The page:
How well do modelled routes to school record the environments children are exposed to?:A cross-sectional comparison of GIS modelled and GPS measured routes to school

Harrison, Flo, Burgoine, Thomas, Corder, Kirsten, van Sluijs, Esther M F and Jones, Andy (2014) How well do modelled routes to school record the environments children are exposed to?:A cross-sectional comparison of GIS modelled and GPS measured routes to school. International Journal of Health Geographics, 13. ISSN 1476-072X

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Abstract

Background The school journey may make an important contribution to children’s physical activity and provide exposure to food and physical activity environments. Typically, Geographic Information Systems (GIS) have been used to model assumed routes to school in studies, but these may differ from those actually chosen. We aimed to identify the characteristics of children and their environments that make the modelled route more or less representative of that actually taken. We compared modelled GIS routes and actual Global Positioning Systems (GPS) measured routes in a free-living sample of children using varying travel modes. Methods Participants were 175 13-14 yr old children taking part in the Sport, Physical activity and Eating behaviour: Environmental Determinants in Young people (SPEEDY) study who wore GPS units for up to 7 days. Actual routes to/from school were extracted from GPS data, and shortest routes between home and school along a road network were modelled in a GIS. Differences between them were assessed according to length, percentage overlap, and food outlet exposure using multilevel regression models. Results GIS routes underestimated route length by 21.0% overall, ranging from 6.1% among walkers to 23.2% for bus users. Among pedestrians food outlet exposure was overestimated by GIS routes by 25.4%. Certain characteristics of children and their neighbourhoods that improved the concordance between GIS and GPS route length and overlap were identified. Living in a village raised the odds of increased differences in length (odds ratio (OR) 3.36 (1.32-8.58)), while attending a more urban school raised the odds of increased percentage overlap (OR 3.98 (1.49-10.63)). However none were found for food outlet exposure. Journeys home from school increased the difference between GIS and GPS routes in terms of food outlet exposure, and this measure showed considerable within-person variation. Conclusions GIS modelled routes between home and school were not truly representative of accurate GPS measured exposure to obesogenic environments, particularly for pedestrians. While route length may be fairly well described, especially for urban populations, those living close to school, and those travelling by foot, the additional expense of acquiring GPS data seems important when assessing exposure to route environments.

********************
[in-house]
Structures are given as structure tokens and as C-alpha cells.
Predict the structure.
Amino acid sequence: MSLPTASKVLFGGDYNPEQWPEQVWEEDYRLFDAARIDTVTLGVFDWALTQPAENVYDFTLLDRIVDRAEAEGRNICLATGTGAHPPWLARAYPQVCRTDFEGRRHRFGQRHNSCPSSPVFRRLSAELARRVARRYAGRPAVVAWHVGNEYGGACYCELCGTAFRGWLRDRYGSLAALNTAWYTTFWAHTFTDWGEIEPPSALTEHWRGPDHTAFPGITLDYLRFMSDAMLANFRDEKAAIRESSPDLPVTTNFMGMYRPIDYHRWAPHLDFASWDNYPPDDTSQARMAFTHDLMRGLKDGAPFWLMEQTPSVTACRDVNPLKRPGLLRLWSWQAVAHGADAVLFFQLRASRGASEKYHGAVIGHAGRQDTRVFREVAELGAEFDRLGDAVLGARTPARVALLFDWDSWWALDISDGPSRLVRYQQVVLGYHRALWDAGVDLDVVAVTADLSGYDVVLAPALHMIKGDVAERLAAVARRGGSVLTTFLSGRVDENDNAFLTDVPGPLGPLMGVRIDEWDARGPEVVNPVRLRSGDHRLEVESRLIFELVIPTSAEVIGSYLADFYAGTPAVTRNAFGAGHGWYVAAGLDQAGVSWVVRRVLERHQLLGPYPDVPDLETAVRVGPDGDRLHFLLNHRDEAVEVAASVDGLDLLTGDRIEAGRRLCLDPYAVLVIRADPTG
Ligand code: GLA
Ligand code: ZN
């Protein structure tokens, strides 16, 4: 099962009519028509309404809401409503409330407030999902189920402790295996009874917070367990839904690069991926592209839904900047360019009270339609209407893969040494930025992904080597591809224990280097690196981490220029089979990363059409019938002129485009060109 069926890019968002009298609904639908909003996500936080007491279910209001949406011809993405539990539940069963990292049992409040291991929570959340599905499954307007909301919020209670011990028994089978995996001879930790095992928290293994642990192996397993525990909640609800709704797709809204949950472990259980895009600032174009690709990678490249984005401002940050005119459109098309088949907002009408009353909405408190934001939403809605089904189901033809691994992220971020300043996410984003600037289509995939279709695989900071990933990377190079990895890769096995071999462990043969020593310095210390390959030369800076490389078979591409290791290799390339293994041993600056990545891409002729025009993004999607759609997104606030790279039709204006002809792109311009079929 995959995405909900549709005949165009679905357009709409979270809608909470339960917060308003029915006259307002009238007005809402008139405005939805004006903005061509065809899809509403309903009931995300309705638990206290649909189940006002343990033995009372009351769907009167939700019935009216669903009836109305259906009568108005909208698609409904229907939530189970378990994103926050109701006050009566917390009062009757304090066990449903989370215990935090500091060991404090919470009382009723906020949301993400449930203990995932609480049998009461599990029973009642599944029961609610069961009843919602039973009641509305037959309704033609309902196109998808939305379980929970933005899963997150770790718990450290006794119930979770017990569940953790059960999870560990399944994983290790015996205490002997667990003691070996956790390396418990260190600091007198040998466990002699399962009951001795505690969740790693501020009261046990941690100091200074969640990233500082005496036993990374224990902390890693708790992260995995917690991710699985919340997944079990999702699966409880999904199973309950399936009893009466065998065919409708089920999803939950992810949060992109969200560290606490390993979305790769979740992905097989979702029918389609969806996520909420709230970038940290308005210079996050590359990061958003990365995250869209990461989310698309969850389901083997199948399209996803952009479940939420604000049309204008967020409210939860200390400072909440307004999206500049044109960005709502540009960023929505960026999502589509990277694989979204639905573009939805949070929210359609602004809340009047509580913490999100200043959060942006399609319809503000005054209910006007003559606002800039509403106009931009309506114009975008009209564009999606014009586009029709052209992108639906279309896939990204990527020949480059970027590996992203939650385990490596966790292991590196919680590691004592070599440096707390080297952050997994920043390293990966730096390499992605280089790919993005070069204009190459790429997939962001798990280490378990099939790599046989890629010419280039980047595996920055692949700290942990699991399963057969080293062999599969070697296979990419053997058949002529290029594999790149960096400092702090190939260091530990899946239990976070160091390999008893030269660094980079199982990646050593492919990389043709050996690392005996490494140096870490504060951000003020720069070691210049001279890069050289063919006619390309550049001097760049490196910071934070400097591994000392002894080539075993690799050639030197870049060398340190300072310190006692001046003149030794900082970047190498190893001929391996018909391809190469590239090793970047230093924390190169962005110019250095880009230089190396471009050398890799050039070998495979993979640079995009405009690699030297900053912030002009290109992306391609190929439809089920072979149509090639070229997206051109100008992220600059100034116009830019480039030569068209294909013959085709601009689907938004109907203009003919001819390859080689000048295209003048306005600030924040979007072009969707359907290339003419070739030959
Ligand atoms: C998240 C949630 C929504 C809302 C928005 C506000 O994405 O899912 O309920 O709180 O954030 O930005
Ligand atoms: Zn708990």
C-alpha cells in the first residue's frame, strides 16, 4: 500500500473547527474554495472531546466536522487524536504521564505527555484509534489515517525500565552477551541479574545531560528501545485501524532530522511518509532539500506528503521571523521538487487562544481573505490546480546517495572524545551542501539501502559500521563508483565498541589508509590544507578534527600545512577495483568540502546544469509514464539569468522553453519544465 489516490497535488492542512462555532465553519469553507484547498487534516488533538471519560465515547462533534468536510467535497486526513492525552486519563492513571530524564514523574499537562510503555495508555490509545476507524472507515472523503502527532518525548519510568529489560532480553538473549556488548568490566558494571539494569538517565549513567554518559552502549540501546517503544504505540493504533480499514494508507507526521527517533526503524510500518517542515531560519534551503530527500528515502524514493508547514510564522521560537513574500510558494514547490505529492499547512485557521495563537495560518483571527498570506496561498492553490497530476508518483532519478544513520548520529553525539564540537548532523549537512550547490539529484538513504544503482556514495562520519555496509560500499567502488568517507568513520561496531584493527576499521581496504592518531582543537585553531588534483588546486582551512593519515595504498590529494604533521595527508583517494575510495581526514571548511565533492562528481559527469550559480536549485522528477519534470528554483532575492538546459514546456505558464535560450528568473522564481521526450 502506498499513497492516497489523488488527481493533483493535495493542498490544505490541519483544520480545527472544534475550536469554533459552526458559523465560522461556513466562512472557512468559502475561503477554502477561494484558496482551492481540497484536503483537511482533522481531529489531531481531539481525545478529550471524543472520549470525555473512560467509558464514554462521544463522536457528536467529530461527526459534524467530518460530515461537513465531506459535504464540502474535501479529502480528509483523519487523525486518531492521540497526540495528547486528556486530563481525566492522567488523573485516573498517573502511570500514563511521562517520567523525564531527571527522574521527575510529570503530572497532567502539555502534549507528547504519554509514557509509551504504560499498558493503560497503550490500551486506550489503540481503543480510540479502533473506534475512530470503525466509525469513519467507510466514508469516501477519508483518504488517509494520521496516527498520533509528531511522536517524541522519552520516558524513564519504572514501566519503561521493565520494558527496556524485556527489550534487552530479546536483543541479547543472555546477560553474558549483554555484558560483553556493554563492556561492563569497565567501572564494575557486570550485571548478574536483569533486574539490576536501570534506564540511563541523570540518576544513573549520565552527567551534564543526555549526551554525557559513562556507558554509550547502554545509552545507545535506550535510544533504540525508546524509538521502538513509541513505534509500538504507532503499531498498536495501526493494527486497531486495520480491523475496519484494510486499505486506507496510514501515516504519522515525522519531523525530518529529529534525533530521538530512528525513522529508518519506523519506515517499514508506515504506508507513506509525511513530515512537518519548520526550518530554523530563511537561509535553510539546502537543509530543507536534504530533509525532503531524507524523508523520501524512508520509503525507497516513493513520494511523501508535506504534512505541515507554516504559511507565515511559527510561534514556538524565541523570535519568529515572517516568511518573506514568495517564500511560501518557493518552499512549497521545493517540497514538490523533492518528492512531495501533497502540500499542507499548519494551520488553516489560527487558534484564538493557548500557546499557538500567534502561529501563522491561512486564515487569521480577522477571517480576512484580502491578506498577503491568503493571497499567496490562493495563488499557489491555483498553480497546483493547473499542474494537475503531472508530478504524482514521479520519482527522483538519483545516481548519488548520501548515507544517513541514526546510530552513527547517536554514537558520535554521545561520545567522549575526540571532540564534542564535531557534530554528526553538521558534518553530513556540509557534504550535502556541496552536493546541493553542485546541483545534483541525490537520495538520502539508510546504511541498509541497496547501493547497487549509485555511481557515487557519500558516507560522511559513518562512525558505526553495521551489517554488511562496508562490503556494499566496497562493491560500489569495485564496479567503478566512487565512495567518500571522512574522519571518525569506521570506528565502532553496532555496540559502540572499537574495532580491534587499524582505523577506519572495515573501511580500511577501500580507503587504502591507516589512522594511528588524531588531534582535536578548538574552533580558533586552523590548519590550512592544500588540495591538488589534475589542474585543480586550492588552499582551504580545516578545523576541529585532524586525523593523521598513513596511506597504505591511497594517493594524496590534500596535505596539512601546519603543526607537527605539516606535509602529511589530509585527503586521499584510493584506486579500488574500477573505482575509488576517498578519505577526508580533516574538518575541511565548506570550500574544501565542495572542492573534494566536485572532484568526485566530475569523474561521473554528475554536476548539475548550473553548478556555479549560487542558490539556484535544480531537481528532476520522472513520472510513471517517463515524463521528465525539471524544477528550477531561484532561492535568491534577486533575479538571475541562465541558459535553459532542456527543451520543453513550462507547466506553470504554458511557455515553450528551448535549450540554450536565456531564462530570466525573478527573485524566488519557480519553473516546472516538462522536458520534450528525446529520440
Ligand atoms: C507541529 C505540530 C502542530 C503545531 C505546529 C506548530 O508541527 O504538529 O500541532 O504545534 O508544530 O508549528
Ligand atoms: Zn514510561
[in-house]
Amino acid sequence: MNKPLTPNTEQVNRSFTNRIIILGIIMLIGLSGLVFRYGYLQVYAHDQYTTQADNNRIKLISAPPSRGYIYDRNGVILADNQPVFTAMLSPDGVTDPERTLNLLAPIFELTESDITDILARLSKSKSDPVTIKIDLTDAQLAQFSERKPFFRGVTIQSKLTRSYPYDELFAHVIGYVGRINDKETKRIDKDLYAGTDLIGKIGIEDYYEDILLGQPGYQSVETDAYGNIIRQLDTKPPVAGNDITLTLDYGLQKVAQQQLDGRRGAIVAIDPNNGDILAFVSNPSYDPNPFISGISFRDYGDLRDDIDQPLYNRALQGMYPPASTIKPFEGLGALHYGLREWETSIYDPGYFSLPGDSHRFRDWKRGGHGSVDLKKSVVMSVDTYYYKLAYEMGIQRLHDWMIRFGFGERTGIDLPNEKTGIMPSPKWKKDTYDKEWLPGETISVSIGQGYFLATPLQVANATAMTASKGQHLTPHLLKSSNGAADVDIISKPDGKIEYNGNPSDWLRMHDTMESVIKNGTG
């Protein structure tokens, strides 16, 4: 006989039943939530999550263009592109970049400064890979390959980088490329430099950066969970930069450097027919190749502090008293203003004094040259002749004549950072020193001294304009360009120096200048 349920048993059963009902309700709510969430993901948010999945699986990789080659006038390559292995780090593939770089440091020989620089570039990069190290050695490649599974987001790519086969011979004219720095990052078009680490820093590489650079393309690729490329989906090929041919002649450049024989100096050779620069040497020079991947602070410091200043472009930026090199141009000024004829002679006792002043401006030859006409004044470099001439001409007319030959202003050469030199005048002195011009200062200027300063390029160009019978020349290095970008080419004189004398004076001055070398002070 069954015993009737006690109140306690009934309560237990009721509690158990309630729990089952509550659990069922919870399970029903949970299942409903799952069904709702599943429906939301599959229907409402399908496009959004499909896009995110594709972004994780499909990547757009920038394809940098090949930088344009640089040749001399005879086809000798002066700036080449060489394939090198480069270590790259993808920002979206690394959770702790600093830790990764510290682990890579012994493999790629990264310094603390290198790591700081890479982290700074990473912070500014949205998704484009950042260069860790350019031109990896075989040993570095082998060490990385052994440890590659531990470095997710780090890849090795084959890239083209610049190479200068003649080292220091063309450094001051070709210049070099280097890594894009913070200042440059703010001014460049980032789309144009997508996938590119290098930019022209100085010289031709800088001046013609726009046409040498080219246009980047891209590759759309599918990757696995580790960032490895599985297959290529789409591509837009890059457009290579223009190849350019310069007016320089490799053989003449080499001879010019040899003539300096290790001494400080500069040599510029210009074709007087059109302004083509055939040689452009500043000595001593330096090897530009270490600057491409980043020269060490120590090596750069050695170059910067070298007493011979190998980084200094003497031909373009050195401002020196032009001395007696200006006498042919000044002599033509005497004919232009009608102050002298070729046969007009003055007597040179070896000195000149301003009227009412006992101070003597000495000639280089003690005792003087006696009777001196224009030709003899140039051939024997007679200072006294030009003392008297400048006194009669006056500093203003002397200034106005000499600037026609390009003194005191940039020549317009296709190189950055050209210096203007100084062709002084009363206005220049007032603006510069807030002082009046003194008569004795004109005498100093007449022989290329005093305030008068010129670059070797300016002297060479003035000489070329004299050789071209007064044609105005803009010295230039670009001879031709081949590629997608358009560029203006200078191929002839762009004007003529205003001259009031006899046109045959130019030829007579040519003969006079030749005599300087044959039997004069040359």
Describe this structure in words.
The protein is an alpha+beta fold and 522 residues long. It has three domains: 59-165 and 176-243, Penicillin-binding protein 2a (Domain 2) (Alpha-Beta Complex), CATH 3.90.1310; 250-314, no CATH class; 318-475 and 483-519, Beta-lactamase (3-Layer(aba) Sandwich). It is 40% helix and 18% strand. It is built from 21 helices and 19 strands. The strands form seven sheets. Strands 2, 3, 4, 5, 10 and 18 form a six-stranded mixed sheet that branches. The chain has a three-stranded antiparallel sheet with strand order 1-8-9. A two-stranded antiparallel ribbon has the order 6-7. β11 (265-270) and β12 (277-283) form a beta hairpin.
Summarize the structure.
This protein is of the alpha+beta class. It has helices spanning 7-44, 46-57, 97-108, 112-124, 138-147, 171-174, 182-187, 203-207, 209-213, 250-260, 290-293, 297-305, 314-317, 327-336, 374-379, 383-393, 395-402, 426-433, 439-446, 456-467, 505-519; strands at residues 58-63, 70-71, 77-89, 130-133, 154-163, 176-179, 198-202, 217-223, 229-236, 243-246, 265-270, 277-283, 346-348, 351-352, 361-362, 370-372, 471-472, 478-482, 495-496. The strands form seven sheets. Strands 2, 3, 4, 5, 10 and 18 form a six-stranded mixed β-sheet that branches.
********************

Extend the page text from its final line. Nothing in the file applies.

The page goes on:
Item Type: Article
Additional Information: © 2014 Harrison et al.; licensee BioMed Central Ltd. This is an Open Access article distributed under the terms of the Creative Commons Attribution License (http://creativecommons.org/licenses/by/2.0), which permits unrestricted use, distribution, and reproduction in any medium, provided the original work is properly cited. The Creative Commons Public Domain Dedication waiver (http://creativecommons.org/publicdomain/zero/1.0/) applies to the data made available in this article, unless otherwise stated.
Faculty \ School: Faculty of Medicine and Health Sciences > Norwich Medical School
Depositing User: Pure Connector
Date Deposited: 07 Jul 2014 13:38
Last Modified: 19 Mar 2020 02:28
URI: https://ueaeprints.uea.ac.uk/id/eprint/48941
DOI: 10.1186/1476-072X-13-5

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